Delivering the new Buckinghamshire Council
When the new council becomes operational on 1 April this year, all the current district and county councillors will move over to the new authority. They will be replaced by a new group of 147 councillors when the local elections take place.
Due to the Government’s announcement to postpone the 7 May 2020 elections these will now take place on 6 May 2021.
If you are interested in being a councillor for the new Buckinghamshire Council please take a look at the guide below.
A draft calendar of meetings for Buckinghamshire Council from May 2020 to May 2021 is available. The meeting schedule will be confirmed at the full meeting of the Shadow Authority on 27 February 2020.
You can go jump straight to a particular section by clicking on the links:
This information can also be downloaded as a PDF document.
Representing local people
Councillors are community leaders who are chosen to represent local people. They need to:
- understand people’s priorities and concerns and what matters to them
- help local voices and local views be heard by the council
- speak up for the people they represent
- be in touch with residents and local community groups on a wide range of different issues
Councillors connect the community with the council and are the key part of a two way conversation between local people and the local authority. They need to listen to residents and be able to speak up for them. They also need to share important information and help keep local people informed about the issues and decisions that affect them.
Shaping the future
Local councillors help shape the future of their local area in all kinds of ways, such as:
- contributing to policies and strategies
- taking decisions or giving input to planning decisions
- setting and spending the council’s budget
- scrutinising council decisions
- taking decisions on licensing applications
Good local councillors build strong and effective relationships with their local community. They encourage local people to make their views known and help the council to work with their residents and they speak up to support their local residents.
As a local councillor, residents will expect you to:
- respond to their queries and investigate their concerns (casework)
- communicate council decisions that affect them
- know your patch and be aware of any problems
- know and work with representatives of local organisations, interest groups and businesses
- represent their views at council meetings
- lead local campaigns on their behalf
Working in Partnership
Community leadership is at the heart of modern local government. Councils work with a wide range of other services and agencies, including the voluntary and community sector, to improve services and the quality of life of residents.
It is planned that Buckinghamshire Council will operate Community Boards to enable it to maintain strong connections with communities, understand and respond to local need and improve outcomes for residents. The boards will aim to enable councillors to take decision on local issues alongside key partners including community representatives, facilitate communities to come together with councillors and partners to find local solutions to local issues and provide feedback on local public sector performance and delivery in the area.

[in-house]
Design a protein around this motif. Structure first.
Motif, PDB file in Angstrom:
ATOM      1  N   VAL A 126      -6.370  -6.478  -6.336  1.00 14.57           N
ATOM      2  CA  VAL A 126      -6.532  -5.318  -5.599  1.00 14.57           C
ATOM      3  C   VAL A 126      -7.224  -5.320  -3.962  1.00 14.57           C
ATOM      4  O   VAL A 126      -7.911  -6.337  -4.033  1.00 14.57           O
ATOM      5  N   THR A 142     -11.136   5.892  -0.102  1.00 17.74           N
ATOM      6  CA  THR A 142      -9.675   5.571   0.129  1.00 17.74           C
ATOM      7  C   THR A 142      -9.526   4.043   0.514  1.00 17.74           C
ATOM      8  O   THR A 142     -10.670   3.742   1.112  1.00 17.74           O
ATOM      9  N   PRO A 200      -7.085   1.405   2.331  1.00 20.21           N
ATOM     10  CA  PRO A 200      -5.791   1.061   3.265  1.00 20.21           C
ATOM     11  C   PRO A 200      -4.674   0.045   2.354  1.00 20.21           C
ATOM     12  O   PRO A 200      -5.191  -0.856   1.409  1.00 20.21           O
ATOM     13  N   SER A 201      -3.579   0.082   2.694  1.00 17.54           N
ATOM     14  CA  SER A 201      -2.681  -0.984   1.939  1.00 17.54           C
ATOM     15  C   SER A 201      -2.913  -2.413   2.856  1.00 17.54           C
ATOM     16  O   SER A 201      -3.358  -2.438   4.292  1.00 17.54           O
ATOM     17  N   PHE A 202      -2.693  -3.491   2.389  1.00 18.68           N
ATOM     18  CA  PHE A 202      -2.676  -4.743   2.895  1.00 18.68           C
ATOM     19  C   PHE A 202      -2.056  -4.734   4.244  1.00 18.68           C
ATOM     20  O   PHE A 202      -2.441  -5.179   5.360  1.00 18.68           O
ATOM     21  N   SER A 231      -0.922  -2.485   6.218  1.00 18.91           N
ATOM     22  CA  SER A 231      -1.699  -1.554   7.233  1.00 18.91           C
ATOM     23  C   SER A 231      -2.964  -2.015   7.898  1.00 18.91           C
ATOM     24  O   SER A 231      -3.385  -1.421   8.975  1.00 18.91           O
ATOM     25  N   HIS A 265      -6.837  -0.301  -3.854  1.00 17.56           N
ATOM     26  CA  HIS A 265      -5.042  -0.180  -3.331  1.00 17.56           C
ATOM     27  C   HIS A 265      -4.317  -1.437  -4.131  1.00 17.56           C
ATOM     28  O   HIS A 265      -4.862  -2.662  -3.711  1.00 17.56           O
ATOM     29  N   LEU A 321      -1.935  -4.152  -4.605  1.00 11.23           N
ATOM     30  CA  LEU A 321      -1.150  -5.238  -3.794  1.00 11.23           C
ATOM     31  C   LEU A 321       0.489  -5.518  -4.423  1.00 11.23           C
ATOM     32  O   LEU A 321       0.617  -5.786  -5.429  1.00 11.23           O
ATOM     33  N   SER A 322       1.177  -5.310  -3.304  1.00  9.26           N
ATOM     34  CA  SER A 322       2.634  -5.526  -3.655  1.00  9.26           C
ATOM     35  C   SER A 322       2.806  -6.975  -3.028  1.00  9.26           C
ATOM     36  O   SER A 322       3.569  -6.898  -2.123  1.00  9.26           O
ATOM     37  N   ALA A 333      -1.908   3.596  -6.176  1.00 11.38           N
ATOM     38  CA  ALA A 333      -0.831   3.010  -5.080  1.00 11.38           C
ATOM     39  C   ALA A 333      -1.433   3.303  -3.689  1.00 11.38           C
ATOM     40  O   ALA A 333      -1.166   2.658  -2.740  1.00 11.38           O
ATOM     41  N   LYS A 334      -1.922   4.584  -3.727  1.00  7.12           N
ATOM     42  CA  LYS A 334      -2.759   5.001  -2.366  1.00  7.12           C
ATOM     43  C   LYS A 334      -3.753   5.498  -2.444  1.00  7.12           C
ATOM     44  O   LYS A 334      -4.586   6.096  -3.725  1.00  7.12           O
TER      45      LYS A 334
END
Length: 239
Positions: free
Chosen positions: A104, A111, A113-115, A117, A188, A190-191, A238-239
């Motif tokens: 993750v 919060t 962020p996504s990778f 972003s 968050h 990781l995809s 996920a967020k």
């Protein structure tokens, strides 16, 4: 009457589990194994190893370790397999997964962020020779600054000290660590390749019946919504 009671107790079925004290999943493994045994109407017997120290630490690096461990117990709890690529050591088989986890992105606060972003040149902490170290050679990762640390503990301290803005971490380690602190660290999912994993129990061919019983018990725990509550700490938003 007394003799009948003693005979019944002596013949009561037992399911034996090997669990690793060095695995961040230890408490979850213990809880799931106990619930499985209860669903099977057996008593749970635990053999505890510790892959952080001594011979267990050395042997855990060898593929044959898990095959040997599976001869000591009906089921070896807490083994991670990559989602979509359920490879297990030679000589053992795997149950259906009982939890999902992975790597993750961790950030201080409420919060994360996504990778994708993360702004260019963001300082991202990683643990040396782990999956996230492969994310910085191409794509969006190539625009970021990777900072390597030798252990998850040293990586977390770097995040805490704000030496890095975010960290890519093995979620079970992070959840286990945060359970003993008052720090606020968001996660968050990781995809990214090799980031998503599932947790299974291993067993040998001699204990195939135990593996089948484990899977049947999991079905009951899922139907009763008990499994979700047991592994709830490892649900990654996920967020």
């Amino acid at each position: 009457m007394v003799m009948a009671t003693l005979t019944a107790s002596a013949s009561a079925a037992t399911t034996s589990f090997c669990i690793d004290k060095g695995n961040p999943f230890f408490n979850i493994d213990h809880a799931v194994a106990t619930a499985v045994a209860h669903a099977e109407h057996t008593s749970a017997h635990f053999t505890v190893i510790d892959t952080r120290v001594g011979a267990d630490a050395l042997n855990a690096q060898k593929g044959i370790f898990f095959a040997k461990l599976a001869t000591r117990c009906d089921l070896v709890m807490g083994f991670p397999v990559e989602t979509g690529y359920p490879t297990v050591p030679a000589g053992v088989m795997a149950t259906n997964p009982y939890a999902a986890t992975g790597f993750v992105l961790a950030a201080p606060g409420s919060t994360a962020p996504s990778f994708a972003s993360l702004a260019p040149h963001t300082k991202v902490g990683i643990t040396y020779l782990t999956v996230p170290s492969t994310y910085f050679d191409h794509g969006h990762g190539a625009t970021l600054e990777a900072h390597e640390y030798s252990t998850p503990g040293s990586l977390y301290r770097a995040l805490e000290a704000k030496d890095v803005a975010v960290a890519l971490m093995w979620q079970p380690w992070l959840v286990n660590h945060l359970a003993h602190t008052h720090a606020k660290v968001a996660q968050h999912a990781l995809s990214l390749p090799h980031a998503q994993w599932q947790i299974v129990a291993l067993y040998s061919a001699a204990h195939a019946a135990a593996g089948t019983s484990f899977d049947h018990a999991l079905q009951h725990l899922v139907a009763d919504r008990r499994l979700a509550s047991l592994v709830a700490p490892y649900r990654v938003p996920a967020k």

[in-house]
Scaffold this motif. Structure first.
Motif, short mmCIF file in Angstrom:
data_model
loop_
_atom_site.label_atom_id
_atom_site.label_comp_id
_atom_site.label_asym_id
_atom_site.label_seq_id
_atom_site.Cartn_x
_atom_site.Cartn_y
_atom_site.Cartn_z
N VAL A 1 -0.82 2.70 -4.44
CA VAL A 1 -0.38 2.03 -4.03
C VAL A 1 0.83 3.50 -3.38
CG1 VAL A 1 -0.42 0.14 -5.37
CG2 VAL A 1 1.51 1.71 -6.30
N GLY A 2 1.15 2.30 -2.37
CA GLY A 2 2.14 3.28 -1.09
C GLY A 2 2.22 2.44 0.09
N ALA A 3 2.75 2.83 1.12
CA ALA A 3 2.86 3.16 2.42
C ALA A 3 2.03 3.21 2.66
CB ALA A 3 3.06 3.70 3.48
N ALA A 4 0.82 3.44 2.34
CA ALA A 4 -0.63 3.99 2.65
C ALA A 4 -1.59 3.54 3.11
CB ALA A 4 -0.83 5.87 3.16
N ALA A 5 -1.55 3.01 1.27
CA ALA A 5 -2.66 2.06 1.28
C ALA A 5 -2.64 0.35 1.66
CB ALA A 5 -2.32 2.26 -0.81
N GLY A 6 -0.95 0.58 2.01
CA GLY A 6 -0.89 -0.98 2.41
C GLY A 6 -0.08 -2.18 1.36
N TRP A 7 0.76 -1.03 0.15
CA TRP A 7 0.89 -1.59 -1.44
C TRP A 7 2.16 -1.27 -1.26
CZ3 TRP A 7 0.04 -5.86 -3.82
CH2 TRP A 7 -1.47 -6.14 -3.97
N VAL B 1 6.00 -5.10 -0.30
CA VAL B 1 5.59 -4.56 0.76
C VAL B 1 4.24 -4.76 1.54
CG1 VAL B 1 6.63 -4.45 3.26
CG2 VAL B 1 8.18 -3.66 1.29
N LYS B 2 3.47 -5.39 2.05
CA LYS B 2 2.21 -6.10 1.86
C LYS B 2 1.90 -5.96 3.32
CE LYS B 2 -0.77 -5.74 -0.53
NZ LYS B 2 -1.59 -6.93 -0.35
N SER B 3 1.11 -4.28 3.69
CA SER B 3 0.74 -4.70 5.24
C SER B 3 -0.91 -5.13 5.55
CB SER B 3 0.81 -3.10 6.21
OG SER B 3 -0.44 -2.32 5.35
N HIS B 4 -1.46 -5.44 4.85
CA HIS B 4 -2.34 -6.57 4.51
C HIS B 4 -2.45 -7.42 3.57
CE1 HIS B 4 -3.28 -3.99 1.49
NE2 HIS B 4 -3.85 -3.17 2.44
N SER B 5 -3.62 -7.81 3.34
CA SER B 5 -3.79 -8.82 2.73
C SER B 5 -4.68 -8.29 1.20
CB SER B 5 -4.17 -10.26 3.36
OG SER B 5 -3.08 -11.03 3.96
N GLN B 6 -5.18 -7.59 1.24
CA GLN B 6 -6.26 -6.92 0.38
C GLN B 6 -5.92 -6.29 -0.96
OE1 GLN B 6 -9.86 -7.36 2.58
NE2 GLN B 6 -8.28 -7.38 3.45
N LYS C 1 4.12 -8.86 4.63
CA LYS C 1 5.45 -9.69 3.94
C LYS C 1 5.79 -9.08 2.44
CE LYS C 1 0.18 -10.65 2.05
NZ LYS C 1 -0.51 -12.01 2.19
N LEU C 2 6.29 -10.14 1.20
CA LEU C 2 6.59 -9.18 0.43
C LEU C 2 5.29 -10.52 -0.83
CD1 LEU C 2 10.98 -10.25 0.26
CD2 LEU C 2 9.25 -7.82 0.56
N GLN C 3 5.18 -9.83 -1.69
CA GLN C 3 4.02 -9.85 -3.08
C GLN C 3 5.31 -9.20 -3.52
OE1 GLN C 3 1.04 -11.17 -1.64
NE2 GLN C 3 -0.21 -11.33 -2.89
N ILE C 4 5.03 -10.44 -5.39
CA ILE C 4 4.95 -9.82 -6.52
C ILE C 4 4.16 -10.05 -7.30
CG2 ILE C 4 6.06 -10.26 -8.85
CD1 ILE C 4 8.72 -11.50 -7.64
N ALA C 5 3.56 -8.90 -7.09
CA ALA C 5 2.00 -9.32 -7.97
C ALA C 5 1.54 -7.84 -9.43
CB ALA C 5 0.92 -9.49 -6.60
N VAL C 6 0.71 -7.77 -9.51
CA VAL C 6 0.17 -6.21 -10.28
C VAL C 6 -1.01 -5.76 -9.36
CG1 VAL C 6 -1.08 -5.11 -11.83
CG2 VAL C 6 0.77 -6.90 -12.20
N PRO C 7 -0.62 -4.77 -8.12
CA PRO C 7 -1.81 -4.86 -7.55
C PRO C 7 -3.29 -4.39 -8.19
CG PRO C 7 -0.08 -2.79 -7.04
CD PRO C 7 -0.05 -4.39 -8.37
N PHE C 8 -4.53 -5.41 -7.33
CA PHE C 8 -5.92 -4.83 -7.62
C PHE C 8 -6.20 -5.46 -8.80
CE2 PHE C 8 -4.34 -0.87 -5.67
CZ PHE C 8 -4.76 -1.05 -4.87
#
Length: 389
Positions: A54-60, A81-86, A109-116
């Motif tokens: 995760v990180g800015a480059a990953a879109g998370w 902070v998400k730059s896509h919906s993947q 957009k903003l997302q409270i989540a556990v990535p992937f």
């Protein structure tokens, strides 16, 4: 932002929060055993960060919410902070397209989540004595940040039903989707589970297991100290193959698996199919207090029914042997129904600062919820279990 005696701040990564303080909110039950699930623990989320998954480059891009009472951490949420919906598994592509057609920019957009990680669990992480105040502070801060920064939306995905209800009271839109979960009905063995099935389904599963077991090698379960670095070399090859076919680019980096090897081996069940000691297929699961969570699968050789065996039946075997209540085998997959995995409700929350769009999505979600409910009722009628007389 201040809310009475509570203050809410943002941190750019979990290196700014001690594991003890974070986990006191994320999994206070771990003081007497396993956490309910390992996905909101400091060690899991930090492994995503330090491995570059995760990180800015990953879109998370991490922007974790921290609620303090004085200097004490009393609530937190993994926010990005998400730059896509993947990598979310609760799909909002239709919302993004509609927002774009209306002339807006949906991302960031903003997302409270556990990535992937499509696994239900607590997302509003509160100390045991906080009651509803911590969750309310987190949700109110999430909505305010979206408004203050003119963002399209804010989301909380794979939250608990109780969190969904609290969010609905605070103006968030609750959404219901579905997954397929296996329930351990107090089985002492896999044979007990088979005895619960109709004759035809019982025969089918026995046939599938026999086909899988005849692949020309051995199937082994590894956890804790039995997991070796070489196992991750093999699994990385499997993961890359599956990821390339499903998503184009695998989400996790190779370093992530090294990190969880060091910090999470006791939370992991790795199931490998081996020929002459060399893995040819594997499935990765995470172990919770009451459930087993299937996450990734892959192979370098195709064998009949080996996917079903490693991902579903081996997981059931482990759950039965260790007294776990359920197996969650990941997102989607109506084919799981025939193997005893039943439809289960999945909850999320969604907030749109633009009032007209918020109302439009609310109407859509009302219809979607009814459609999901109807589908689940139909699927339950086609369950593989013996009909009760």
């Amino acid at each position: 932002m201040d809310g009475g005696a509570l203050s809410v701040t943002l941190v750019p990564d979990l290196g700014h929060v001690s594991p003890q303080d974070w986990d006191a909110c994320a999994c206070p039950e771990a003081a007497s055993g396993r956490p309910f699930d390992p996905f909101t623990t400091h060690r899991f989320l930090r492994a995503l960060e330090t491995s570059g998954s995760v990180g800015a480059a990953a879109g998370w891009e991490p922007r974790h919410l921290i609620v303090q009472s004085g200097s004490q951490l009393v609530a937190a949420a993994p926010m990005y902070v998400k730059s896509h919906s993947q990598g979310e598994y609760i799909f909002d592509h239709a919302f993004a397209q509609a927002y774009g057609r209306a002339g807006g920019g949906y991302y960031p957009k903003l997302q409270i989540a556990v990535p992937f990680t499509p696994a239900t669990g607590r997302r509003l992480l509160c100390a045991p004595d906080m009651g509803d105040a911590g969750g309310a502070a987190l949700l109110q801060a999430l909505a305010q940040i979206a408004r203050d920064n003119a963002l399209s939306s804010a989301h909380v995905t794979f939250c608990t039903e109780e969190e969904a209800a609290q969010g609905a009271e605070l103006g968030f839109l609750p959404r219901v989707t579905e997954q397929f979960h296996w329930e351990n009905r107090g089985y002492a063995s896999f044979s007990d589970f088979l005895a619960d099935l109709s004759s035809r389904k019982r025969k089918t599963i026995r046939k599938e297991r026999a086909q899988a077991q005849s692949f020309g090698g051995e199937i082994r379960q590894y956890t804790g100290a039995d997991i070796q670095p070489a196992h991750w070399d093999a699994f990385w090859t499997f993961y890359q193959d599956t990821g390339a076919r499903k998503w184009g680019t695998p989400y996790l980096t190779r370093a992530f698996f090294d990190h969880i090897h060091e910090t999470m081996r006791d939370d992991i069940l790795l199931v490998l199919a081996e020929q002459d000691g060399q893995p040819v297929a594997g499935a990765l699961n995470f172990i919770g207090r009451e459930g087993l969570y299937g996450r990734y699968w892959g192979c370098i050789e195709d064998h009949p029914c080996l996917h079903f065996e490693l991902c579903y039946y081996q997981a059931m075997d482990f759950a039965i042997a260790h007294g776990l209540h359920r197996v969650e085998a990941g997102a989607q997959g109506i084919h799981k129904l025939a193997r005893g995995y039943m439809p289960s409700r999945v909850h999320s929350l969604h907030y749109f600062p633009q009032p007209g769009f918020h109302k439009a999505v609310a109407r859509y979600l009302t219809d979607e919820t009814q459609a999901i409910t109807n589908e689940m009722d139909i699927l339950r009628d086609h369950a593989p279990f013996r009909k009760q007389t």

Who can be a councillor?
Anyone can put themselves forward to be a councillor in the new Buckinghamshire Council. You must:
- be over the age of 18
- be British or an eligible citizen of the Commonwealth or a citizen of any member state of the European Union
- have a local connection to Buckinghamshire
There are a few restrictions, but the relevant Deputy Returning Officer will be able to help you. Further information on standing for election is available from the Electoral Commission via the following link: www.electoralcommission.org.uk.
To stand for election as a councillor you will need to be nominated as a candidate by submitting a completed set of nomination papers to the relevant Deputy Returning Officer. The contact details for the Deputy Returning Officer are provided below:
King George V House
King George V Road
Queen Victoria Road
Buckinghamshire Council will support you as a councillor in many ways. This will include:
- a programme of induction training & knowledge sessions for new councillors
- regular briefings and ongoing training for all councillors on key issues throughout the year
- professional, impartial advice and support from council officers
- ICT equipment and support to enable you to work effectively remotely and digitally
How the council works
Councillors have a central part to play in making decisions that impact on their ward and across the whole area covered by Buckinghamshire Council. They will be involved in decision-making through:
- full council
- regulatory committees such as Planning and Licensing
- appointments to outside bodies (external organisations)
- developing, monitoring and reviewing policy on Overview and Scrutiny Committees
- providing advice and guidance to Cabinet Member at advisory groups or informal meetings
- elect a leader
- establish the Council’s committees
- make appointments to the committees
- set the policy framework for Buckinghamshire Council
- agreeing the budget and spending plans
- make constitutional decisions
- debate major issues affecting Buckinghamshire Council and its local area.
There’s more information and profiles of some councillors on the Be A Councillor website.
The Councillors’ Guide produced by the LGA, is a very useful reference document for all new councillors and those thinking about becoming a councillor in the future.
Additional information and guidance for councillors can be found on the Local Government Association website which is updated daily.